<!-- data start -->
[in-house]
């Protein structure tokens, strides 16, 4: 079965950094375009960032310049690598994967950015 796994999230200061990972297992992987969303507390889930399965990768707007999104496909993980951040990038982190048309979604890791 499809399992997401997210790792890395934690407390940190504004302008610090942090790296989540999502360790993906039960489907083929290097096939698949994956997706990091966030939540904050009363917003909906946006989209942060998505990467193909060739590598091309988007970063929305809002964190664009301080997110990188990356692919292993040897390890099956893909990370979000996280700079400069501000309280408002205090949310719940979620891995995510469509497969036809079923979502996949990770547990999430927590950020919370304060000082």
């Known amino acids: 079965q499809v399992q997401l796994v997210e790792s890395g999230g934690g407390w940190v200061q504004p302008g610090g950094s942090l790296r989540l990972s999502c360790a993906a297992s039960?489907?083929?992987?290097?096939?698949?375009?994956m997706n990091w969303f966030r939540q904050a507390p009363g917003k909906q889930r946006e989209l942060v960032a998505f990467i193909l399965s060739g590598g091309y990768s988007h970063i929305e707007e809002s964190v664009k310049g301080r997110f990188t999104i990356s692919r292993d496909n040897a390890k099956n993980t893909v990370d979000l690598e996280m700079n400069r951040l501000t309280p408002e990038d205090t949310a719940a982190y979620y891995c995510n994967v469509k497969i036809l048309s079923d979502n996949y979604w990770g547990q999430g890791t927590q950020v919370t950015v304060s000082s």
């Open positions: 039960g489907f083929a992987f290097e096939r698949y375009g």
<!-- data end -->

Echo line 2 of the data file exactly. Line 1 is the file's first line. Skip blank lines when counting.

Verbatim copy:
């Protein structure tokens, strides 16, 4: 079965950094375009960032310049690598994967950015 796994999230200061990972297992992987969303507390889930399965990768707007999104496909993980951040990038982190048309979604890791 499809399992997401997210790792890395934690407390940190504004302008610090942090790296989540999502360790993906039960489907083929290097096939698949994956997706990091966030939540904050009363917003909906946006989209942060998505990467193909060739590598091309988007970063929305809002964190664009301080997110990188990356692919292993040897390890099956893909990370979000996280700079400069501000309280408002205090949310719940979620891995995510469509497969036809079923979502996949990770547990999430927590950020919370304060000082």